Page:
To reclaim a future and restore hope, vulnerable people need a safe, secure, inclusive environment with neighbors they know, who understand them, and who will provide support; they also need opportunities to play indispensable roles in the lives of others.
Vulnerable people experience multiple challenges that may include substance abuse, mental illness and emotional disorders, teenage pregnancy and parenting, or living much of their life in a neighborhood where they have been exposed to a culture of violence and vigilance. Far too often they are disconnected from (or lack) a strong supportive family and community.
The result is that vulnerable people frequently experience sustained forms of disadvantage, hardship, and loneliness as well as little if any sense of safety and security. The outcome can be life-long adverse consequences that threaten their well-being and lead to high psychosocial and economic costs.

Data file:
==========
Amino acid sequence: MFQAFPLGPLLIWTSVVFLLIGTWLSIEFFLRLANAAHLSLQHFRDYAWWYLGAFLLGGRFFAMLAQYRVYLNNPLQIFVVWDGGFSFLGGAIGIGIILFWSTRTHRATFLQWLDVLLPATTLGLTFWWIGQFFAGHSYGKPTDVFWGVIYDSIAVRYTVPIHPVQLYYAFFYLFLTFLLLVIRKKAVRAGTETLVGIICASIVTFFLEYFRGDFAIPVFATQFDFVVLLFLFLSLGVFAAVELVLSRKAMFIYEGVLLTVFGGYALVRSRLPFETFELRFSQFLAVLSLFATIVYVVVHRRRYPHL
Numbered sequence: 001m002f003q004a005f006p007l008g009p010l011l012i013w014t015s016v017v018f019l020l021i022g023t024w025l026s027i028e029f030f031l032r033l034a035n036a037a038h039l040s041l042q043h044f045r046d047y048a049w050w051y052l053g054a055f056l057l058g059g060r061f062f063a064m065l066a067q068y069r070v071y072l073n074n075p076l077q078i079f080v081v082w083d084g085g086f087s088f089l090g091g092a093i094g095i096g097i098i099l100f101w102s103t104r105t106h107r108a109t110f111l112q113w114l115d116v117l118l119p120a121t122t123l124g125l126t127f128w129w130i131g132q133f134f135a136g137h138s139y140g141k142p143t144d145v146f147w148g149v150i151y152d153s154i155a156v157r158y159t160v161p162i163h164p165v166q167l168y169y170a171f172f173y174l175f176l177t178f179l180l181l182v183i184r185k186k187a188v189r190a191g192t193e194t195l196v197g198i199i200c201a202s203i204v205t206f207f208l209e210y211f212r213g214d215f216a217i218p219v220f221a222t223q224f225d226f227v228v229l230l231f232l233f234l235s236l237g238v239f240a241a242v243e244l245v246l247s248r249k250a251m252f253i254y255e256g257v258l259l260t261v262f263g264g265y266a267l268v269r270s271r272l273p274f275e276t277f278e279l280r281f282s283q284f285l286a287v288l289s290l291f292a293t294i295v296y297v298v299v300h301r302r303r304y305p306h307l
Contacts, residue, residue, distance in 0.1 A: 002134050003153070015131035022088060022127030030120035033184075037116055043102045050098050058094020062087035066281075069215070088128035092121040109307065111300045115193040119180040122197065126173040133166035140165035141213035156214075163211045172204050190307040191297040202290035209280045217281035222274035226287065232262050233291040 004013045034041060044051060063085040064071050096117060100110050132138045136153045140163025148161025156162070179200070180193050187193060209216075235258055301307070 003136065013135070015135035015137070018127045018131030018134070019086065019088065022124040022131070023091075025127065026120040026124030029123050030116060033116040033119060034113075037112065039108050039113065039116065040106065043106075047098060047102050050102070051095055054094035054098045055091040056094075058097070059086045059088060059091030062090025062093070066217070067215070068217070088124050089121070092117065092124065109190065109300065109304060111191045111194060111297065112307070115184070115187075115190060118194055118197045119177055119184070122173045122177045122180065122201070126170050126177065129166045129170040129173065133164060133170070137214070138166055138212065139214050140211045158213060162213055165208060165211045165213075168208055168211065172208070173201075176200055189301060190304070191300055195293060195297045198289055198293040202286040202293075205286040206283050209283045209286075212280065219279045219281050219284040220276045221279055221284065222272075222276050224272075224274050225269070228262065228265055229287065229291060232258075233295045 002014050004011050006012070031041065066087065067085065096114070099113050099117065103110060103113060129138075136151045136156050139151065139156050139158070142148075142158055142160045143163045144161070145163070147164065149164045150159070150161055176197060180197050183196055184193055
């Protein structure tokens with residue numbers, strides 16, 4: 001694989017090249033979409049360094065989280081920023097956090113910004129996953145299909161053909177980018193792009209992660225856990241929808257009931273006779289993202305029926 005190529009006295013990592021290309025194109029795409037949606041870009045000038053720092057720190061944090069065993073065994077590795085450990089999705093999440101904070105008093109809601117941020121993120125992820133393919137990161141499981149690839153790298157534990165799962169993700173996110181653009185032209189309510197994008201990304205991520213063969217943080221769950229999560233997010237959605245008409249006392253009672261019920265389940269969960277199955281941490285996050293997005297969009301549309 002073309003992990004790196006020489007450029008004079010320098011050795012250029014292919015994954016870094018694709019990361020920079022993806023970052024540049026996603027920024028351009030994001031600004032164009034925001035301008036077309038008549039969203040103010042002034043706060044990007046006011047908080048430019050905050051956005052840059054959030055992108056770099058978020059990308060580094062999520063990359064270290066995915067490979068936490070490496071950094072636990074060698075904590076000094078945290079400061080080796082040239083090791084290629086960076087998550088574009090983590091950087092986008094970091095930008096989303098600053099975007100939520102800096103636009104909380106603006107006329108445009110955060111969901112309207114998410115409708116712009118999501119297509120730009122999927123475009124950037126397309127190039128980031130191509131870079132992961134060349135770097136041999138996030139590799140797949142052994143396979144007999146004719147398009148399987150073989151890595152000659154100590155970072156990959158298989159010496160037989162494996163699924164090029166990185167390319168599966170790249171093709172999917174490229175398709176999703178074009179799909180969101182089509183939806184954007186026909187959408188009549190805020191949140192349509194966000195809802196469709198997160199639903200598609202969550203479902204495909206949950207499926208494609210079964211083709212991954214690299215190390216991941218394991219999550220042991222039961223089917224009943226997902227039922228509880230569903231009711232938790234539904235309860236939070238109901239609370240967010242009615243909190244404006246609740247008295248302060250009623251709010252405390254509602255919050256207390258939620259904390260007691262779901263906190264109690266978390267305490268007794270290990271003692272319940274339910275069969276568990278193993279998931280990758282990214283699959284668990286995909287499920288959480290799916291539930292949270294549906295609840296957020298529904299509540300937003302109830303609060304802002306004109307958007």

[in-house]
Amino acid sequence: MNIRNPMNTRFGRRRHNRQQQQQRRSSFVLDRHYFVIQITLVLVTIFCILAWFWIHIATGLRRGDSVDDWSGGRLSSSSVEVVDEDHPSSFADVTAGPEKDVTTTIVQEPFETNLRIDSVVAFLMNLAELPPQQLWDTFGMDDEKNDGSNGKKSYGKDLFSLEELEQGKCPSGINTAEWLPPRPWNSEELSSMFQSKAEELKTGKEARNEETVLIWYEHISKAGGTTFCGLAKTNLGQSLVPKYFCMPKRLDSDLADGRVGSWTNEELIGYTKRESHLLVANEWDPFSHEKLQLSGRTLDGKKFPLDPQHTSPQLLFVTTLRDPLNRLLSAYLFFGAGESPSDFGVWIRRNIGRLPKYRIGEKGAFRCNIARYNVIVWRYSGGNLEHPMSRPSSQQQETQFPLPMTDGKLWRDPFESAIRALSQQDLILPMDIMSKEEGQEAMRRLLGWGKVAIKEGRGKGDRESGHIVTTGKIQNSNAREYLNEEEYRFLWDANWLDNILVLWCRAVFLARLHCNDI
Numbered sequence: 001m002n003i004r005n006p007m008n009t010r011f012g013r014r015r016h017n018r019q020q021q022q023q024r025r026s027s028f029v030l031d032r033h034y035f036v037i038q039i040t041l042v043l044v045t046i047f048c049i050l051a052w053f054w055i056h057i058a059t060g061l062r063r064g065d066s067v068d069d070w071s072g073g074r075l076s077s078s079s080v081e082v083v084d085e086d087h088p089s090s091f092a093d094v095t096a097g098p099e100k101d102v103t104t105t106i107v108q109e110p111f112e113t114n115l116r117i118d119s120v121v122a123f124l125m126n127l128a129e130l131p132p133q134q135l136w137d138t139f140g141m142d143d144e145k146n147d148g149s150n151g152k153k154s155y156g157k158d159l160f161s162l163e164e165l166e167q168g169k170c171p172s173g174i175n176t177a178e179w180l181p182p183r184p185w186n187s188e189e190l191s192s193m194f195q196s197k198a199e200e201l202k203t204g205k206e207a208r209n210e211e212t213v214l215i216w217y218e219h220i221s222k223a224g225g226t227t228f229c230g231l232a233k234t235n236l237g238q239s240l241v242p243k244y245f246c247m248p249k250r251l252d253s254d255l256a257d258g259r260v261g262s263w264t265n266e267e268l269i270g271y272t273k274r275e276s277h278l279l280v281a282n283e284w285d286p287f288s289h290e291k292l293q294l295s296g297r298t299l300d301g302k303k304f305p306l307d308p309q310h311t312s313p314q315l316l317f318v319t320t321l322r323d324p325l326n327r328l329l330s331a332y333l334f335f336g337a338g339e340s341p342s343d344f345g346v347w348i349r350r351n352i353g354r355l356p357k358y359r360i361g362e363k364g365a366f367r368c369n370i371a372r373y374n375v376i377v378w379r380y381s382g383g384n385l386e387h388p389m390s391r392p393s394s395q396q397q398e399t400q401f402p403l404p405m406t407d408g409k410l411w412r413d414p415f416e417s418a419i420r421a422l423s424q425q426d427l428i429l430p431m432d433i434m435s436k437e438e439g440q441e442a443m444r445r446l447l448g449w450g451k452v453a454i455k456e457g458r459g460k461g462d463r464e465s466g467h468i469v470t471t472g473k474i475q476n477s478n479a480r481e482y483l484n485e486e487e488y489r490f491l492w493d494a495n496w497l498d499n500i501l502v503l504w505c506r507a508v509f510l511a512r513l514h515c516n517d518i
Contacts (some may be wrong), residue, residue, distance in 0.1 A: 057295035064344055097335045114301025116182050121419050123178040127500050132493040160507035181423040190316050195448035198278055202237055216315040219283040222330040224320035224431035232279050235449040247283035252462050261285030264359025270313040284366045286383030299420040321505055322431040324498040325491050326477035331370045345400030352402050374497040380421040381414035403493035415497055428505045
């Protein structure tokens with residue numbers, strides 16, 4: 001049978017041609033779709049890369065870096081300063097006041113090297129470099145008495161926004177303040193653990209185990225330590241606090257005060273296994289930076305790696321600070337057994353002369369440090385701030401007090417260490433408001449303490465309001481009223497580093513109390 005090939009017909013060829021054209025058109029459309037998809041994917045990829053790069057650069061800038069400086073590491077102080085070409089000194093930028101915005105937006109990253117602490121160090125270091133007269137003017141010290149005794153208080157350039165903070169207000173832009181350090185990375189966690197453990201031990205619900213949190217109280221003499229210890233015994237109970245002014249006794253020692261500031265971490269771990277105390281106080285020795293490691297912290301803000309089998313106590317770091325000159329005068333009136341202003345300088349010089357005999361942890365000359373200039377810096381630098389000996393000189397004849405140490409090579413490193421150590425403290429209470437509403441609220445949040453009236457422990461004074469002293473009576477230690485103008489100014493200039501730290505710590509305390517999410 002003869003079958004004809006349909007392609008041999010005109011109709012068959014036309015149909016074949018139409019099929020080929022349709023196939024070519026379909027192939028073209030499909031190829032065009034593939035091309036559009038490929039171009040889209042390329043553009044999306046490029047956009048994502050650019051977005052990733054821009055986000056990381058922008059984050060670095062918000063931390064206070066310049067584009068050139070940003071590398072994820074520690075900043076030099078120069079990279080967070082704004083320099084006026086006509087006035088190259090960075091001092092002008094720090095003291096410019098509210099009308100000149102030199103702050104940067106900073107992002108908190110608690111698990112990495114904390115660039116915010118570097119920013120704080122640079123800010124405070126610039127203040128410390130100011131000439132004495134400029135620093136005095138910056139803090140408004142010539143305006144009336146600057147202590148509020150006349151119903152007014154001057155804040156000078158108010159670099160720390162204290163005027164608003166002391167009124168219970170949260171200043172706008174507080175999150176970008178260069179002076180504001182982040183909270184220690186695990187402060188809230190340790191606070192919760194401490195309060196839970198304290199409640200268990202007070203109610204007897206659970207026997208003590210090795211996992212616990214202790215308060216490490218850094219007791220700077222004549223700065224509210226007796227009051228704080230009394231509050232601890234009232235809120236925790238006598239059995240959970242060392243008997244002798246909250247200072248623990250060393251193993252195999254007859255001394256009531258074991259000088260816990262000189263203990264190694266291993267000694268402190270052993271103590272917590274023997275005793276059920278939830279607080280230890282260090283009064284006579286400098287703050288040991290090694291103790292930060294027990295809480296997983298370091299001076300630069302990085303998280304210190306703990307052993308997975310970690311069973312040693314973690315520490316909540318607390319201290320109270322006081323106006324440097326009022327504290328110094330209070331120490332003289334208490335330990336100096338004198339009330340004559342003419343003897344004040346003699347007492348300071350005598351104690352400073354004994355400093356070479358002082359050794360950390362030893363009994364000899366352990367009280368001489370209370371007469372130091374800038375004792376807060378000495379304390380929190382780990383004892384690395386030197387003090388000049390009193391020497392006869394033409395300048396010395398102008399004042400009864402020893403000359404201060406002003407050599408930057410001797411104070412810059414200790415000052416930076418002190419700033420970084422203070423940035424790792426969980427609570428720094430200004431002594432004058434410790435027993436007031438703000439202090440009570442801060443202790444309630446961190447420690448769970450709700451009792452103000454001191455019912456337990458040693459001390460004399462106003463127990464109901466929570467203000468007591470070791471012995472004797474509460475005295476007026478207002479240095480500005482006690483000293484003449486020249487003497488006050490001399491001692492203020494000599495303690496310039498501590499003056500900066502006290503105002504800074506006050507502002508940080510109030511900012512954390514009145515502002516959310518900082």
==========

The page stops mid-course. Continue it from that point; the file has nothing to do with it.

Conventional services are not enough
Typical social service interventions work to provide a “safety net.” This term generally refers to four categories of assistance: food, income, housing subsidies, and health. Providing this assistance is largely agency-driven and relies on professional expertise to be effective. It rarely involves drawing upon the transformative power of family, friends, and neighbors.
The purpose of a GHC is deceptively simple: neighbors, including a large number of older adults and vulnerable residents provide indispensable friendship and support to each other. By embedding all residents in a web of kindness and support on which they can depend, GHCs do what social services alone cannot – create a daily environment of care, connection, and continuity.
Ultimately, it is caring relationships that will reestablish hope – that will allow vulnerable people to envision a future where they will not have to ask, as a child in the juvenile justice system once did: Who do you turn to when you can’t count on yourself and have learned through experience you can’t count on anyone else?